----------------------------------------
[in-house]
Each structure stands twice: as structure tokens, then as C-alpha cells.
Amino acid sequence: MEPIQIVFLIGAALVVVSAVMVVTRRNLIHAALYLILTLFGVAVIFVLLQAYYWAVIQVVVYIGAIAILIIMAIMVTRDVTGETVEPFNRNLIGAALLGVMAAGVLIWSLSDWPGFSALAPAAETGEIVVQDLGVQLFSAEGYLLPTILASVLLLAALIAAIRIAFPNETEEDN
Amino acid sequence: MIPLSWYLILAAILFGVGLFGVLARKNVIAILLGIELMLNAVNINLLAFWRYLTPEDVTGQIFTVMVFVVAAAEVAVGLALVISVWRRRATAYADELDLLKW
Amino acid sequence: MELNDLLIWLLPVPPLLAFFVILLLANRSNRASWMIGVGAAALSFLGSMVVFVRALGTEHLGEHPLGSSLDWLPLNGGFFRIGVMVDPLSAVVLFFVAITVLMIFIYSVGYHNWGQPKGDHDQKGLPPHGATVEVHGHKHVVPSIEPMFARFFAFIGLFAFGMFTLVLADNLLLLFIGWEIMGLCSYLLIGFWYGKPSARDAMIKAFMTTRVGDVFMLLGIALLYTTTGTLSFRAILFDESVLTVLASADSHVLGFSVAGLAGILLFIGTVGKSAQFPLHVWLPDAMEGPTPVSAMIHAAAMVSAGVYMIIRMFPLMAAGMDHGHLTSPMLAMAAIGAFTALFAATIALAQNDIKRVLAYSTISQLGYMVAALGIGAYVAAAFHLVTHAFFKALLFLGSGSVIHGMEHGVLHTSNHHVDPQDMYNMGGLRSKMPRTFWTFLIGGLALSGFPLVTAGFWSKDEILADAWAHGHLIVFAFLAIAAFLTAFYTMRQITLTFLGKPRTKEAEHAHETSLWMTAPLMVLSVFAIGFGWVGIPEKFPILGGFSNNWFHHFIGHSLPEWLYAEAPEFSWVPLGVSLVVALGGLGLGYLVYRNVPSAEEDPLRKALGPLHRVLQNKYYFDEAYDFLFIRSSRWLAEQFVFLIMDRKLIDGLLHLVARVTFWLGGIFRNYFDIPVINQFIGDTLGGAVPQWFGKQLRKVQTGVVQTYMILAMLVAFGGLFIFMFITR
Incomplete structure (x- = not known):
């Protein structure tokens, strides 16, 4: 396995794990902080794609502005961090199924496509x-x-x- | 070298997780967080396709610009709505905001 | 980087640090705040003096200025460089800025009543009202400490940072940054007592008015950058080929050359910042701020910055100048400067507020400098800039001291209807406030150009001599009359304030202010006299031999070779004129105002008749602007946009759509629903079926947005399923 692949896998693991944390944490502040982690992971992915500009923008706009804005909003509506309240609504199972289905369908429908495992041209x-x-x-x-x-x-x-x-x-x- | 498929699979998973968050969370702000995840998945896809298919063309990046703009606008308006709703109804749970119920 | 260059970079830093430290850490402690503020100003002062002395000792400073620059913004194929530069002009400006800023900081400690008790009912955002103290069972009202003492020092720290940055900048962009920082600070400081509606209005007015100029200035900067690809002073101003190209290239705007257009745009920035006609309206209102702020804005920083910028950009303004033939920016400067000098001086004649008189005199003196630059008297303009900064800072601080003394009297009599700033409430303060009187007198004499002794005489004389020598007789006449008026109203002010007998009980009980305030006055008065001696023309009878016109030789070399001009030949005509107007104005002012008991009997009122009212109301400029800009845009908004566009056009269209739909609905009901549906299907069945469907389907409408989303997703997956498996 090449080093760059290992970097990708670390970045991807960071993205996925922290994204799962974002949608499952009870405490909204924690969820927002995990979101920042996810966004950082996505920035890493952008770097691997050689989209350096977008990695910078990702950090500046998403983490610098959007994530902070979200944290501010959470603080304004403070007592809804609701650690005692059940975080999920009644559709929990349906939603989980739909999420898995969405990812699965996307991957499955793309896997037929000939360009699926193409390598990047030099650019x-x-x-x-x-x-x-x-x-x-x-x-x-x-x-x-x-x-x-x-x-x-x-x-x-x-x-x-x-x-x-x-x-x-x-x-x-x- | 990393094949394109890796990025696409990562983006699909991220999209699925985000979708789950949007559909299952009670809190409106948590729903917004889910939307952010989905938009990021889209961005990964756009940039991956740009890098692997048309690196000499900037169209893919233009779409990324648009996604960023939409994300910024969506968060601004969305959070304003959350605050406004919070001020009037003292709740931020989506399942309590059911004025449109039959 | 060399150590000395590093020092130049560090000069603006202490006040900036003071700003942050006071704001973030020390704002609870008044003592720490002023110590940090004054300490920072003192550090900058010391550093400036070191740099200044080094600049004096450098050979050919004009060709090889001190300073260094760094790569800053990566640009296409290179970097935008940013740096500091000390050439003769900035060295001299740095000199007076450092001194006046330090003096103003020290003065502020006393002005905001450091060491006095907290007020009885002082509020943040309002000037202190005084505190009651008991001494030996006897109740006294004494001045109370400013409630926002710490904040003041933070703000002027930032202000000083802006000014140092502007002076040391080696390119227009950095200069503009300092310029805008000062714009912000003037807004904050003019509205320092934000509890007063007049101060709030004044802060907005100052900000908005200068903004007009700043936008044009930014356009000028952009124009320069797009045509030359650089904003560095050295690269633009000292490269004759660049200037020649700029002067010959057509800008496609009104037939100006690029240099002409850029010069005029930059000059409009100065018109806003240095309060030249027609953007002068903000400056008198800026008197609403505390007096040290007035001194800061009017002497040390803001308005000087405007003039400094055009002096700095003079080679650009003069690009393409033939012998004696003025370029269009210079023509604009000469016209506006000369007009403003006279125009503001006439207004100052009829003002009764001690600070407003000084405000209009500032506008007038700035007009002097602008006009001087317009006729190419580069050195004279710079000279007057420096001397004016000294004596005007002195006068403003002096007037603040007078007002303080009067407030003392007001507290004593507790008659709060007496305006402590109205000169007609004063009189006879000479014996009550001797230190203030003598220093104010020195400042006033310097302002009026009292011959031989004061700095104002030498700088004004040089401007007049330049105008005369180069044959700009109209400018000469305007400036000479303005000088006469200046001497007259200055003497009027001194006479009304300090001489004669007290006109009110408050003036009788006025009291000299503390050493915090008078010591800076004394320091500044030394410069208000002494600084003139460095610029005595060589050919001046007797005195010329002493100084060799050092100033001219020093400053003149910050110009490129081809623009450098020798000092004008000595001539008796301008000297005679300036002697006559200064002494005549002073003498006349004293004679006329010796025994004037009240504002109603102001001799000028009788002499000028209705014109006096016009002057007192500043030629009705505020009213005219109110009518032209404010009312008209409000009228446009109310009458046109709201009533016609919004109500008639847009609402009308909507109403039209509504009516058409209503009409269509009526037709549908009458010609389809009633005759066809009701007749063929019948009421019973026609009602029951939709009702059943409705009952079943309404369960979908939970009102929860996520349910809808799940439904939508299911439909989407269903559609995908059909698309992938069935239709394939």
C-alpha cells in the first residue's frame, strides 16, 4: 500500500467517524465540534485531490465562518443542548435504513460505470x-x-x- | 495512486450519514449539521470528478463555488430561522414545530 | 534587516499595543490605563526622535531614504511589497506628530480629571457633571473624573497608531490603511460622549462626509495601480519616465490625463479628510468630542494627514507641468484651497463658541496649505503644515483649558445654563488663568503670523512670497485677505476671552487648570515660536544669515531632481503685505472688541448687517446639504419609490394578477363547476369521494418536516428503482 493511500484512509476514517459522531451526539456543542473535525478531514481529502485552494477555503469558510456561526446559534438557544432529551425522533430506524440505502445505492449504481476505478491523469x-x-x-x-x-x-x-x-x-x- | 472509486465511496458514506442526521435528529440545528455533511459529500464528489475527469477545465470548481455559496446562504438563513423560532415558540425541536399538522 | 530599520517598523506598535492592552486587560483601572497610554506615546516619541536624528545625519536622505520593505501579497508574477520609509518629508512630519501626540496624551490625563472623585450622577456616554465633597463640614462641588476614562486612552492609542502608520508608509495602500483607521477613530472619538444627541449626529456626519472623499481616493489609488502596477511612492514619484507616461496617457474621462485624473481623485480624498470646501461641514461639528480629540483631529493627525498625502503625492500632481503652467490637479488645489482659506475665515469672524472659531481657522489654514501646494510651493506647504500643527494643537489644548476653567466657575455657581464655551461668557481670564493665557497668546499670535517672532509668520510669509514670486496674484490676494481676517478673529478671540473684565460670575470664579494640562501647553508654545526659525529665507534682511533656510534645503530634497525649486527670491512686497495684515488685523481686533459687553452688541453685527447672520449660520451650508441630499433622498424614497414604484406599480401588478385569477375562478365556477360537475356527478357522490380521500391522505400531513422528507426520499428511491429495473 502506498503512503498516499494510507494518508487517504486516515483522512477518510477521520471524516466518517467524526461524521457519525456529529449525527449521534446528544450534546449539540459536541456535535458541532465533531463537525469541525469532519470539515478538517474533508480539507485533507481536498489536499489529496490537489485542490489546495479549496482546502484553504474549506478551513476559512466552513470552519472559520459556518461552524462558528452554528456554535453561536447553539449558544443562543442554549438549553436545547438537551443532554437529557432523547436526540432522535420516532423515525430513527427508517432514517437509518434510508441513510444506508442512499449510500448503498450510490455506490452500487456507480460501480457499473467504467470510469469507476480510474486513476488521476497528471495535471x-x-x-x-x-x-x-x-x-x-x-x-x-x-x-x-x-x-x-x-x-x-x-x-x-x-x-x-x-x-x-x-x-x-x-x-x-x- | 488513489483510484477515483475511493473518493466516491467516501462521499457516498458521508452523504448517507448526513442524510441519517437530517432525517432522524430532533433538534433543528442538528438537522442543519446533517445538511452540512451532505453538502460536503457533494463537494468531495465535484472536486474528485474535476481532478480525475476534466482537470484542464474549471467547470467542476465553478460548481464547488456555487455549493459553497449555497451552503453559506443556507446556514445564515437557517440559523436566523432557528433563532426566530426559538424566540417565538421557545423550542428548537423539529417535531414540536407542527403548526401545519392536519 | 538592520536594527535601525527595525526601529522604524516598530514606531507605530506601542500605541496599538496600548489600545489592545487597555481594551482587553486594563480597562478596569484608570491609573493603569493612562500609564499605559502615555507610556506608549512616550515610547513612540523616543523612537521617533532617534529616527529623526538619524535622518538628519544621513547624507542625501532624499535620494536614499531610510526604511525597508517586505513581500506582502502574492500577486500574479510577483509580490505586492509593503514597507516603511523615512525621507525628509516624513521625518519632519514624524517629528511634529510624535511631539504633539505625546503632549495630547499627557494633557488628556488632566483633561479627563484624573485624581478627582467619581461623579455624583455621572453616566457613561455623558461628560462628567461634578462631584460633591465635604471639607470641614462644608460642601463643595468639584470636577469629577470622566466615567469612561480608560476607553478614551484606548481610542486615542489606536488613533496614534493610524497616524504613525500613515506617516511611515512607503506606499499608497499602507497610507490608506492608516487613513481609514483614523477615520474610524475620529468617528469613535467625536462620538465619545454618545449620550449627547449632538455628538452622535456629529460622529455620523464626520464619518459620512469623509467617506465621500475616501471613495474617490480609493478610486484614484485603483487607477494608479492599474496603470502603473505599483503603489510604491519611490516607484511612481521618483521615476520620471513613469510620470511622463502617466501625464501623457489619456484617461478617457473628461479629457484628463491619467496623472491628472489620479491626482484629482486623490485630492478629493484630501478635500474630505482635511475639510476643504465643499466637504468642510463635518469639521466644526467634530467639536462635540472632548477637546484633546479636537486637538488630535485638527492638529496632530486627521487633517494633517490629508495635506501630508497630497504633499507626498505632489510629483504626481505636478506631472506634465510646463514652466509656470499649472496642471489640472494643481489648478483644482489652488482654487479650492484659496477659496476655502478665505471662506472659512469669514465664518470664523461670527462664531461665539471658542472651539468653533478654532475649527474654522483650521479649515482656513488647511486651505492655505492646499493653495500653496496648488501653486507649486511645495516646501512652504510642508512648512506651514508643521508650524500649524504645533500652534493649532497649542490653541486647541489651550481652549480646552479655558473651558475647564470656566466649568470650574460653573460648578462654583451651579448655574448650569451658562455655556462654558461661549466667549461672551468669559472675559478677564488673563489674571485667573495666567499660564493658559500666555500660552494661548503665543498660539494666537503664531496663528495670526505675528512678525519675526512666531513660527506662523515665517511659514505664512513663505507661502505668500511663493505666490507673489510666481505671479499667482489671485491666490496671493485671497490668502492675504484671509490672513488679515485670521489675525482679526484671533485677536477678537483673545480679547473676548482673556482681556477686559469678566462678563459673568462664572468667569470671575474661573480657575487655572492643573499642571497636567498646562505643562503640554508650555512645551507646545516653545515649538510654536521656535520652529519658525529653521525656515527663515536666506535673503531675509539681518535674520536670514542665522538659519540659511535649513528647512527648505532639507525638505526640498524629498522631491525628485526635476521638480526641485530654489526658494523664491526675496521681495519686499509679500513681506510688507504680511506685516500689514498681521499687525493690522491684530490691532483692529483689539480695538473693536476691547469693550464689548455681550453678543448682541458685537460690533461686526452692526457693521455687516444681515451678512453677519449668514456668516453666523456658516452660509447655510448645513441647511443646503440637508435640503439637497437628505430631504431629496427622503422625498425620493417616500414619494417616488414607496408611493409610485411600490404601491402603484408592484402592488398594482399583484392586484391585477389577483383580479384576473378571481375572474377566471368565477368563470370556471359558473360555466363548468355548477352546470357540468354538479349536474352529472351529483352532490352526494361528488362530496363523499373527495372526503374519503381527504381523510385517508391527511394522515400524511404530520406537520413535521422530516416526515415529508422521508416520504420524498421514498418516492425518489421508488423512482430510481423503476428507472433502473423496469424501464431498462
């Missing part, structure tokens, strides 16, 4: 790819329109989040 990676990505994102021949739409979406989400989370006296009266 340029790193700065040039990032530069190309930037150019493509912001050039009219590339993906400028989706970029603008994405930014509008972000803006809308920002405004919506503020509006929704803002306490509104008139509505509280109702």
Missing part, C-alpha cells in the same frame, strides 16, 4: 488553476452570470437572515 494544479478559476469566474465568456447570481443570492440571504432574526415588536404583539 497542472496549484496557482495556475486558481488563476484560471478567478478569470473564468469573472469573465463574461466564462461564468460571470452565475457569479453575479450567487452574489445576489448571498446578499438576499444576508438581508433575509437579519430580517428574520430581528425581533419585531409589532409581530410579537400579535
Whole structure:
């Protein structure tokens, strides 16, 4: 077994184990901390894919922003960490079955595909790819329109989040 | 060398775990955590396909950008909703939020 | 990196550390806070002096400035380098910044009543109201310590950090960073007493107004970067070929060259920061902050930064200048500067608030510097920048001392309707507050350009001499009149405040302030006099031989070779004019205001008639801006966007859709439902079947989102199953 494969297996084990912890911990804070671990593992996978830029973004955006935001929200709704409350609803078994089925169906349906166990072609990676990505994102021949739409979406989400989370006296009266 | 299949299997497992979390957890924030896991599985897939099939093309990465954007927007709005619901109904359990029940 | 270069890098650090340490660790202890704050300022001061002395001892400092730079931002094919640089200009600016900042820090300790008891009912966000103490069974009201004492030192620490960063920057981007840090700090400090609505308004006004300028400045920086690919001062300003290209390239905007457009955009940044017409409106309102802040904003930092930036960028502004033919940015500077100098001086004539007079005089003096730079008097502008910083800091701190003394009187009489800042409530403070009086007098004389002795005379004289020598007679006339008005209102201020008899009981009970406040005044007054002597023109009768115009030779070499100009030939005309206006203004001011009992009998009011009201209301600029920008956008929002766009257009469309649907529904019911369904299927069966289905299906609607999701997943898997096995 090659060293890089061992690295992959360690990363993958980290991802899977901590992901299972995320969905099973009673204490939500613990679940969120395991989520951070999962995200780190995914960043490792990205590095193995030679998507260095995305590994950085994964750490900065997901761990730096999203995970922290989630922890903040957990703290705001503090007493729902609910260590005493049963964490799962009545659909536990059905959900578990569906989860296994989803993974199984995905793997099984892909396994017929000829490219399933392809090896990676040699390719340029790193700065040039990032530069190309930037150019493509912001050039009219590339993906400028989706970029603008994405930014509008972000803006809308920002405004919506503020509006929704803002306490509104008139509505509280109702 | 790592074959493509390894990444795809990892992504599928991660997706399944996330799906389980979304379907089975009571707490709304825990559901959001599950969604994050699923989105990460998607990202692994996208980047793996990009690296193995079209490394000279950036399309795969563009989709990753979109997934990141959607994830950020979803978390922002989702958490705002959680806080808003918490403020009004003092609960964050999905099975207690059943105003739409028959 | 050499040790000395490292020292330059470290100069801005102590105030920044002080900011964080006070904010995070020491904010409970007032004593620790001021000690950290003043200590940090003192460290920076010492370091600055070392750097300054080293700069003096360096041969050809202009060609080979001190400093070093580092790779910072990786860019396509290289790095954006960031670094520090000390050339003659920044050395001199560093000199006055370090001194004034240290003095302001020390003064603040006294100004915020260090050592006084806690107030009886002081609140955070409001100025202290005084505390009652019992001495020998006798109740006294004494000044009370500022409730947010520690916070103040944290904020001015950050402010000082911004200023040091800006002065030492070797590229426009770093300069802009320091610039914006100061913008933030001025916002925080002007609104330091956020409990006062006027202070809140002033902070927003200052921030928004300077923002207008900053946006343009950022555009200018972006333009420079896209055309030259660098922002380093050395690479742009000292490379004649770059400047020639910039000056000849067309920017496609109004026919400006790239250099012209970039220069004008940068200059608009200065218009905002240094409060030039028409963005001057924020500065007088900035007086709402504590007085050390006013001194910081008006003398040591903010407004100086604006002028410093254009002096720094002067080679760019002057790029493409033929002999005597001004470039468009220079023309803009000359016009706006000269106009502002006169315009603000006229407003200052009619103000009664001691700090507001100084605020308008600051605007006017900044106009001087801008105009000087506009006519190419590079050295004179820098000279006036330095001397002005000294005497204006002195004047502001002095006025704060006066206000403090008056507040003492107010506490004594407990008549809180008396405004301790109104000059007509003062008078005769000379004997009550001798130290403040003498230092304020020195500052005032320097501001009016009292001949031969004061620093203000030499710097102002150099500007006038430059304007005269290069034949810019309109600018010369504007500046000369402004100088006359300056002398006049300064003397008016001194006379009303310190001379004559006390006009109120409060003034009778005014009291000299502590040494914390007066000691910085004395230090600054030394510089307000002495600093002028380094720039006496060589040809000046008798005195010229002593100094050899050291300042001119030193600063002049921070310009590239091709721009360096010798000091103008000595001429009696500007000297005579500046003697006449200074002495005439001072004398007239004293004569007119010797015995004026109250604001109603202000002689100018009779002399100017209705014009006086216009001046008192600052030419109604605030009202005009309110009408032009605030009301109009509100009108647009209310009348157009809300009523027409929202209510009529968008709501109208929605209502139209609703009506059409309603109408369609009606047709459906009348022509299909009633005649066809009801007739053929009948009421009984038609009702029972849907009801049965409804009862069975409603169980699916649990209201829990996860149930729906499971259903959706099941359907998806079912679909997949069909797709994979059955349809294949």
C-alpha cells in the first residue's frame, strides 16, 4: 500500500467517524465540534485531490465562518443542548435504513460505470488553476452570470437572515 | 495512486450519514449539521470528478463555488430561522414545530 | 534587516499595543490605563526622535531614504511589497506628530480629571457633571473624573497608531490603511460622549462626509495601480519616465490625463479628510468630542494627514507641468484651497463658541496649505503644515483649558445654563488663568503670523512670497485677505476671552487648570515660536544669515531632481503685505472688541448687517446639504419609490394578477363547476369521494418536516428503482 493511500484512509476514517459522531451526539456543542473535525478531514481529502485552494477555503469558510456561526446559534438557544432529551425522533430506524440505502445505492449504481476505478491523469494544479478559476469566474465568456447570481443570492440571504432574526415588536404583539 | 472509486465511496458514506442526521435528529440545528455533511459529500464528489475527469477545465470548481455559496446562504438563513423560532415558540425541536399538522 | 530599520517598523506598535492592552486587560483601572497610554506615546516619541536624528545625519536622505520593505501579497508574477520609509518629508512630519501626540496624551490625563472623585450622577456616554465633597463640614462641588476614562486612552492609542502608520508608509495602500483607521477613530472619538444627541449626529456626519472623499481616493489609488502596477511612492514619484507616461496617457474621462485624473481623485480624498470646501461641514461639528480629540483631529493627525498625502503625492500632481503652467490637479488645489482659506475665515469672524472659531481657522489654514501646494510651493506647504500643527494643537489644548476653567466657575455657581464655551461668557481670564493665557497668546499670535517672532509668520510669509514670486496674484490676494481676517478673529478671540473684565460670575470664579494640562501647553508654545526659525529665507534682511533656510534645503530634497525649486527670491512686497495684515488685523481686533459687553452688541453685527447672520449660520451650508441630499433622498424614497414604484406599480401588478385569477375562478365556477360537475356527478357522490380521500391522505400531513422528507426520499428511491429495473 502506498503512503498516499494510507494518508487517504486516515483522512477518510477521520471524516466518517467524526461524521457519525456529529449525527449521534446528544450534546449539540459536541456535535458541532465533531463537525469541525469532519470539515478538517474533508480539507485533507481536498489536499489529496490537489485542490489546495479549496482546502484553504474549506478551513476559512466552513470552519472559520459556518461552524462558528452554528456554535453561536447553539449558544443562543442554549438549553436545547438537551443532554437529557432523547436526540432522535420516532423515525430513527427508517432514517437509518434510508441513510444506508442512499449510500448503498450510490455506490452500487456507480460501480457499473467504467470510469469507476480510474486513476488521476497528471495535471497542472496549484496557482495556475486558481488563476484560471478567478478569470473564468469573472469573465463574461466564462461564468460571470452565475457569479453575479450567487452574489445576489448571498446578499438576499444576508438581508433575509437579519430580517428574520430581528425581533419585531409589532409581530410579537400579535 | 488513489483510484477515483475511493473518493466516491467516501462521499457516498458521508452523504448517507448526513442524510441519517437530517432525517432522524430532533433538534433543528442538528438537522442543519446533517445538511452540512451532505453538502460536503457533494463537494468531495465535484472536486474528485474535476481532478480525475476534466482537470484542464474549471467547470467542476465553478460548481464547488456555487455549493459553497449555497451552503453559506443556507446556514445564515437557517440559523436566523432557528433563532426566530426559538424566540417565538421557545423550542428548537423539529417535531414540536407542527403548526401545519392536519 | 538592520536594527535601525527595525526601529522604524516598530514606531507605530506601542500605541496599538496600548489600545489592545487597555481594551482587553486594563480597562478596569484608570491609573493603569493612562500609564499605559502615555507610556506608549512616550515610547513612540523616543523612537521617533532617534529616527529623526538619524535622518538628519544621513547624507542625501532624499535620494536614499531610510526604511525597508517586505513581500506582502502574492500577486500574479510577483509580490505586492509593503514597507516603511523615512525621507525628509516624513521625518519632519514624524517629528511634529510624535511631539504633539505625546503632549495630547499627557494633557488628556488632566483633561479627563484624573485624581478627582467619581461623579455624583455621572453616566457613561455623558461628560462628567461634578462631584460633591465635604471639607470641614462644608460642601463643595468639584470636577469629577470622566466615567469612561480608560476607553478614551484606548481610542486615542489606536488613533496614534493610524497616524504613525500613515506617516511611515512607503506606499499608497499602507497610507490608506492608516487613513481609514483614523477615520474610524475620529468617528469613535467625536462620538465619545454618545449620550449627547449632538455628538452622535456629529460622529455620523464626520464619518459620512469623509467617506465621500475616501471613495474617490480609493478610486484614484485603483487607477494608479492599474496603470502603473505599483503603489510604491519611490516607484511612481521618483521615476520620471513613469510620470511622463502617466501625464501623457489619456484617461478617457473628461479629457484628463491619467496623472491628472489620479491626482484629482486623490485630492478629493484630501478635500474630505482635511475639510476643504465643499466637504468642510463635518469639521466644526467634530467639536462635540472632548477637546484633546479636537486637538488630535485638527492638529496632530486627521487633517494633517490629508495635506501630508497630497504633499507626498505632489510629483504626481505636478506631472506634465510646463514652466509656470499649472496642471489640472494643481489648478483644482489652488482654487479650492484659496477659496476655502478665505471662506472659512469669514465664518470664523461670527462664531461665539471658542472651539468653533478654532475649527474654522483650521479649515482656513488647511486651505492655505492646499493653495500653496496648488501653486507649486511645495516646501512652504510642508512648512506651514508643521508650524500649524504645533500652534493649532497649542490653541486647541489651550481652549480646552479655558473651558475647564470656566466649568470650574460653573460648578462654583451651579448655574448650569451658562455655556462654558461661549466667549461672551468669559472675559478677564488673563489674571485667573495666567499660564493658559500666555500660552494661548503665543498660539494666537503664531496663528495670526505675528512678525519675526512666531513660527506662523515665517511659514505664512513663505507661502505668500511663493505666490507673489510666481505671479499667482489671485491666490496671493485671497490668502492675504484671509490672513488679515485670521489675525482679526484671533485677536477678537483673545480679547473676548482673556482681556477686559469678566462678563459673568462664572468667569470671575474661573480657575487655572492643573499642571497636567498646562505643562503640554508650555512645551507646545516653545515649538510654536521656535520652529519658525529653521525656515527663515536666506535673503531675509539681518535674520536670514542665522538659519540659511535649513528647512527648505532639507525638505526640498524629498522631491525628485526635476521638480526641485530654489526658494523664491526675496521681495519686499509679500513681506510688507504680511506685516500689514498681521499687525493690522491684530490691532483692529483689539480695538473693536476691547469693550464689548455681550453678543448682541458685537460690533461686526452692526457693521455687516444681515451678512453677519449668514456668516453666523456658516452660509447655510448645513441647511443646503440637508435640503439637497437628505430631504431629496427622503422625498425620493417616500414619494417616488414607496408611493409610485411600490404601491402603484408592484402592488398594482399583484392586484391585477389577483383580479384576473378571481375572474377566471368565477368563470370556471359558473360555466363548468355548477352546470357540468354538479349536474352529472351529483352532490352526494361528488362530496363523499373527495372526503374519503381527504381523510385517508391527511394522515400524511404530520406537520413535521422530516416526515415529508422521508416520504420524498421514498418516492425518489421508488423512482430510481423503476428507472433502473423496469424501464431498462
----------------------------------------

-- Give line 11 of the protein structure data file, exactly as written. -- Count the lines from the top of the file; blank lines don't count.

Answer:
Whole structure: